September 12, 2008

9/12/08 My 1st week in Mongolia

Wow, I've been here a week already. In some ways it seems like I just got here yesterday and in other ways it seems like I arrived here ages ago. [smile] Well, this is going to sound like a rambling journal entry, but I wanted to show you the kaleidoscope of experiences I'm having here.

First, I couldn't be happier with everyone here at Shendrup Ling, the Buddhist meditation center where I live and teach. Everyone from the director to the guards have been so welcoming. Tsetsgee, who teaches the Beginner English level classes has done a lot to help me fit into my role as a teacher. This place has such a great energy about it. But that's not to say it's like Shangrila here, the needs of the community are so great that sometimes it seems overwhelming what should be done to help and that can be very stressful for all involved. In only a few days, I have already been approached to expand my English teaching to include even more people. Even if I was ten people, I wouldn't be able to scratch the surface of the need. For now though, I'm content to do the best job I can with my current students and let the future take care of itself when it arrives.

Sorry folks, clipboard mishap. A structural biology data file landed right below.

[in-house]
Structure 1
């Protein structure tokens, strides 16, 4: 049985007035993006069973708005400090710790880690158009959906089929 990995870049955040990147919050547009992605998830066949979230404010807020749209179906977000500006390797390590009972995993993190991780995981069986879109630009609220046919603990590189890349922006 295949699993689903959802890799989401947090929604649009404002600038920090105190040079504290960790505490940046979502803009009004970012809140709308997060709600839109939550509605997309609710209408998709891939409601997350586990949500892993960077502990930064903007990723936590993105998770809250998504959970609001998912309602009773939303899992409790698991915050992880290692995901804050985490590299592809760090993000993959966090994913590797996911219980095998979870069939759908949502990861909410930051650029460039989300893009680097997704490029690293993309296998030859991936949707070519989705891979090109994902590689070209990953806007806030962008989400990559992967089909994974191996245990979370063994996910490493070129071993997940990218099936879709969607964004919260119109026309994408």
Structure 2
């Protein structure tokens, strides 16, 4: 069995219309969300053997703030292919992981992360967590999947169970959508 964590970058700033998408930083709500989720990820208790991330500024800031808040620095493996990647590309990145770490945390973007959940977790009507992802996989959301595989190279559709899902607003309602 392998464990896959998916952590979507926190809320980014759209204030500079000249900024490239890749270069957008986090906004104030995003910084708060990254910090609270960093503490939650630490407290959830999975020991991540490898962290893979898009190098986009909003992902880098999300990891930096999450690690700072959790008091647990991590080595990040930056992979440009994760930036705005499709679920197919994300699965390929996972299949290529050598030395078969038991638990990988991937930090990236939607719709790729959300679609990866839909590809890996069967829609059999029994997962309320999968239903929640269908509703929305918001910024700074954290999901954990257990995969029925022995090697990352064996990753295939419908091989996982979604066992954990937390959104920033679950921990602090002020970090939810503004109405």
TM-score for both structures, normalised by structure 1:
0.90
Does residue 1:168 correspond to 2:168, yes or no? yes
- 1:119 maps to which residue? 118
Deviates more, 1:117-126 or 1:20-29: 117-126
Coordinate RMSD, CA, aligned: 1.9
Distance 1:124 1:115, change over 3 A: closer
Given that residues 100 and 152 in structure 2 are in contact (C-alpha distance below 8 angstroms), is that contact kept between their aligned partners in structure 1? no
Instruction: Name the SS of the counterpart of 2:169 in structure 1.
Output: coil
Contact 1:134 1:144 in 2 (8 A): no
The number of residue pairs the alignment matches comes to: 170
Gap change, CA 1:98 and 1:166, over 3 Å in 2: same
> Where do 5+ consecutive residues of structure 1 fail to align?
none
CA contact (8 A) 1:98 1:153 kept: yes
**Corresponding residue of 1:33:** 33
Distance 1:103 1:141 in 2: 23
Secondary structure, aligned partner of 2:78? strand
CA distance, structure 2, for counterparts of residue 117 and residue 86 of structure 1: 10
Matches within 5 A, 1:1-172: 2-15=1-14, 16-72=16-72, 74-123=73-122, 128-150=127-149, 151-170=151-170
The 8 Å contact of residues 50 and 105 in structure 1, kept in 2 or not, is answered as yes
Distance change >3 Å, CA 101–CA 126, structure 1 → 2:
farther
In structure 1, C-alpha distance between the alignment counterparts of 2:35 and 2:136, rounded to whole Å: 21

I have to be honest, my first day of teaching was exhausting, mainly because I was so anxious. Each day brought highs and lows but by the end of the week I think I can see that I can really make a difference and that I have the ability to 'do this job.' My students range in age from 8 to 49, they are pretty evenly spread out from high school through college to professionals. I even have a few medical doctors in my classes and a few monks too. Some students actually have a great grasp of English, both in speaking and in writing. Sometimes my exercises really bomb (my textbook is British and written almost 20 years ago) but at other times the students really get into what we are doing. I know that as I go through each lesson, I will learn more about my students and what works best for them to learn the best English.

My classroom